5 Tips to Get you Started on a Daily Meditation Practice
- Plan ahead
A good time to meditate is right after you wake up, before your mind is busy with thoughts and activities of the day. If you normally feel sluggish in the morning, take a look at your nighttime routine. Ayurveda, the 5,000 year old healing system of India, suggests following nature’s rhythm, e.g. waking at sunrise and quieting down at sunset. Try getting a good 6-8 hours of sleep each night and avoid stimulating food, conversation and activities prior to sleep. Even though sitting in front of the TV or computer, may sound relaxing, the bright light produced by TV’s and computers can disrupt a good night’s sleep.
- Wake up 15 minutes earlier
If you use an alarm, choose a quiet setting for the ringer and place it further away from your nightstand. Let yourself slowly wake up rather than jarring your sympathetic nervous system, commonly referred to as the “fight or flight” response. Try to wake yourself up as you would a newborn baby.
- Find a comfortable, quiet place to sit
Choose a place in your home that you can dedicate as your “seat.” This can be on a cushion on the floor or if that’s uncomfortable, find a chair where you can sit upright and place both feet on the floor. Try to keep your spine erect so that your breath and energy can flow freely. It’s also healthier for your back.
- Start with breath awareness
Take a couple of minutes to bring your awareness to your breath. Inhale deeply and exhale completely, releasing any tension in your body. If you are meditating in the afternoon, try to let go of the events of the day and bring your attention to the present moment.
- Use a mantra
The word mantra means instrument or vehicle of the mind. A mantra is a tool to help quiet your mind first prior to experiencing moments of silence. You can receive a personal mantra from a meditation teacher or to help you get started, use a simple mantra of “1, 2.” As you inhale, silently repeat “1” and as you exhale, silently repeat “2.” Inhale “1,” exhale “2,” and keep repeating. When you notice that your awareness has drifted off to thoughts, gently bring it back to the repetition of “1, 2.” Be easy on yourself and try not to judge your meditation. Trust that the benefits of a daily meditation practice are present to you and those around you in your interaction with others.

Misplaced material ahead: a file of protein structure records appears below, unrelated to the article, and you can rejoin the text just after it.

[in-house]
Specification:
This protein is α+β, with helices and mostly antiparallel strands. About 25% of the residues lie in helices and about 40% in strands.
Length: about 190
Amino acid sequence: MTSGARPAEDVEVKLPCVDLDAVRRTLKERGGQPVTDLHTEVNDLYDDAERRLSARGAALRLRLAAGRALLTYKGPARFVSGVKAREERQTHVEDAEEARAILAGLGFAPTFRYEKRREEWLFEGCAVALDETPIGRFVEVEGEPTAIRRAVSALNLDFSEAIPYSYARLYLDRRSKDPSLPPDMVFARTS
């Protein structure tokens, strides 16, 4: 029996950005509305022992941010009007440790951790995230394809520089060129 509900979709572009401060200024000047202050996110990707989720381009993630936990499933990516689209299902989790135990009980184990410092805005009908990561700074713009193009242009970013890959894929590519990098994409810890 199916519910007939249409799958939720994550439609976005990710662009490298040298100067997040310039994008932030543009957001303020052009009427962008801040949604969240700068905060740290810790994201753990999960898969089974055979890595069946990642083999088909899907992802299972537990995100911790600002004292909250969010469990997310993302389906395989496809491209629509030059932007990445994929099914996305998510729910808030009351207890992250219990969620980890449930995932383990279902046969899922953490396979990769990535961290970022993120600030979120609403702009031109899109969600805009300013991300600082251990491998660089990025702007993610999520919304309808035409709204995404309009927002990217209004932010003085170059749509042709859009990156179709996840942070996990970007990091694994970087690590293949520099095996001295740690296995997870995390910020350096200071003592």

The How's and Why's of Meditation
Silence befalls an ancient temple as rows of robed monks settle themselves, body, and mind. Eyes closed, legs pulled up into a lotus position, the eye of the mind turns inward. For hours they remain; their minds disciplined to ponder like this for long periods of time. This is not a feat for the average person.
Perhaps when people utter the word meditation, this image stirs in the imagination. Indeed, meditation has been a part of spiritual and religious practice for as long as mankind has been recording history. It does take years of steady practice to hold such a state of mind for hours at a time. However, meditation is something that is not only easily accessible to anyone, but you may already be doing it without realizing it.
Meditation simply means to think, contemplate or ponder. Throughout the world, it holds many different names, but the idea is the same: to enter a state of mind where it is easy to focus upon one thing. If you have ever found yourself daydreaming for any length of time, you are meditating. If you found yourself captivated by repetitive motion, the wheels and the sound of a passing train, for example, you were lulled into a meditative state. The same is true when you are reading a book and lose track of the time.
It is perfectly natural for your mind to slip into a trance and let the present moment go. When one intentionally practices meditation they engage in a discipline of training their mind and body. This practice can be applied to many different goals: relaxation, contacting spirits, building energy, enlightenment, self-contemplation, or empty mind, just to name a scant few.